Wednesday, February 28, 2018

Myco tincture

What do you make with mushrooms and alcohol? A reishi mushroom tincture was the final product of Reishi & the Power of Medicinal Mushrooms, a workshop on February 16 at the Moon Infospace in Newburgh. Hosted by Rochester-based fungi cultivator Olga Tzogas of Smugtown Mushrooms, we learned about medicinal mushroom varieties, sources, preparation, as well as some fungi lore.

Medicinal mushrooms have been around for centuries and utilized by countries the world over. Olga presented a slideshow of photos and uses of common medicinal varieties. Tooth fungi is a strong antiflamatory which can rebuild nerves and treat crohn’s disease. Reishi is a liver detoxifier and improves oxygen utilization. Maitake regulates blood sugar and birch polypore can substitute for a bandage. Turkeytail, one of the most common and studied varieties, can expel dampness from lungs and help build muscle. Shitake improves circulation and offers protection from nitrates which are found in bacon.

Mushroom images appear in prehistoric rock paintings. A variety called amanita muscaria, commonly recognized as a red cap with white spots, takes many forms: from Christmas tree ornaments to an iconic role in Nintendo’s Mario franchise. Mushrooms appear in a fresco depicting Adam and Eve within 12th Century Plaincourault Abbey in France, as well as in Alice in Wonderland and the 1940 Disney film Fantasia.

Olga helped participants create tinctures using a simple pack-and-cover method. She brought her own farmed Reishi pieces which we broke up and packed into jars which were then filled with alcohol which both preserves and extracts material as it sits for 6-8 weeks. The next step in this “double extraction” process involves draining, adding water and simmering the solution into a viscous liquid that can be consumed in tea form.

Olga’s knowledge of mushrooms is vast: she talked about industries using mushrooms as a substitute for plastic in packing material and how they “create life from death” by breaking down dead and decaying plant matter on forest floors. Though they are superficially plant-like, mushrooms are actually genetically more similar to humans. Olga’s passion in the mushroom kingdom is for medicinals. Utilizing them as both food and medicine is not only a great way to take control of how we eat and treat illness, but restores a connection between food and medicine that we forgot or never learned.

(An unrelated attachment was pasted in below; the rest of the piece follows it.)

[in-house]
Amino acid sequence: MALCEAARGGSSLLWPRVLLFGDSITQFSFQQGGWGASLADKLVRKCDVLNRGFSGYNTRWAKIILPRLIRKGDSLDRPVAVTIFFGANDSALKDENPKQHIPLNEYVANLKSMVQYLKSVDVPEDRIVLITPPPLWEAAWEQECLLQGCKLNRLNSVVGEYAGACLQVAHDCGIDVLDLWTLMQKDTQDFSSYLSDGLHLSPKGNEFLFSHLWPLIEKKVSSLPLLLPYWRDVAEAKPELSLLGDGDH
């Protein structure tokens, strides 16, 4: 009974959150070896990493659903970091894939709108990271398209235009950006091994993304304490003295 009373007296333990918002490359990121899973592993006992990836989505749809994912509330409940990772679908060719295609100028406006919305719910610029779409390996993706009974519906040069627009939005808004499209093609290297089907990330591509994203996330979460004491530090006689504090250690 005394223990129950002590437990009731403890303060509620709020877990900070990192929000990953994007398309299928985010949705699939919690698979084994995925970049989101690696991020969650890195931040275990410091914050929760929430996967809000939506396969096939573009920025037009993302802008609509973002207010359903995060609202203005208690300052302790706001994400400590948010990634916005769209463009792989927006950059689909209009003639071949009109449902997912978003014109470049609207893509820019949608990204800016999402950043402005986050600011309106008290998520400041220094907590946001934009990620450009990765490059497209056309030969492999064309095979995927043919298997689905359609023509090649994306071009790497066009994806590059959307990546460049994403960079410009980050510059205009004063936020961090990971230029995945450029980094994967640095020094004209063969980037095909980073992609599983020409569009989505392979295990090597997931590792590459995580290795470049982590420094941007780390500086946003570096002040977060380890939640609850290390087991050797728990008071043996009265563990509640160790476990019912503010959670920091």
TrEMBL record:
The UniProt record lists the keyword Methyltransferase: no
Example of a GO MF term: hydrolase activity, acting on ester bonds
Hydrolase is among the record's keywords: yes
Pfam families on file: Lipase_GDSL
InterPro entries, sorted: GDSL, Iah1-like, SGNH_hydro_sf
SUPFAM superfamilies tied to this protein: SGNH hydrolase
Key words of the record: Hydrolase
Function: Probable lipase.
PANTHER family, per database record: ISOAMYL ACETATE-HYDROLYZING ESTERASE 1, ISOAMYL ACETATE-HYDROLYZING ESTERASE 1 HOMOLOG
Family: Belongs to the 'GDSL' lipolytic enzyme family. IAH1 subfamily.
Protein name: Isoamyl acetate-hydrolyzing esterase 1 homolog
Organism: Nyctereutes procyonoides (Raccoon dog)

Smugtown Mushrooms:

Monday, February 12, 2018

Readers place

If a 50 cent purchase keeps me occupied for at least a month I’d say that’s a good deal. My favorite spot to visit during my work lunch is a used bookstore next to Thrall Library in Middletown. Run entirely by volunteers, this shop isn’t a musty-smelling room overflowing with piles of auto manuals and copies upon copies of the classics. It’s organized by genres like travel, economics, law, gender issues, and more. I always see best-sellers, hot topics, and current magazines.

The store regularly accepts donations and a curated section of fun new arrivals sits on a shelf near the entrance. Prices range from .10 for National Geographic magazines to $1 for hardcovers. Magazines are .25 and softcovers go for .50. I picked up a biography: Crooked Cucumber: The Life and Zen Teaching of Shunryu Suzuki, about Suzuki who authored the modern spiritual classic Zen Mind, Beginner’s Mind. The store next to Middletown Thrall Library which first opened in 1843 as a main station on the Erie Railroad.

Thrall Library Use Bookstore: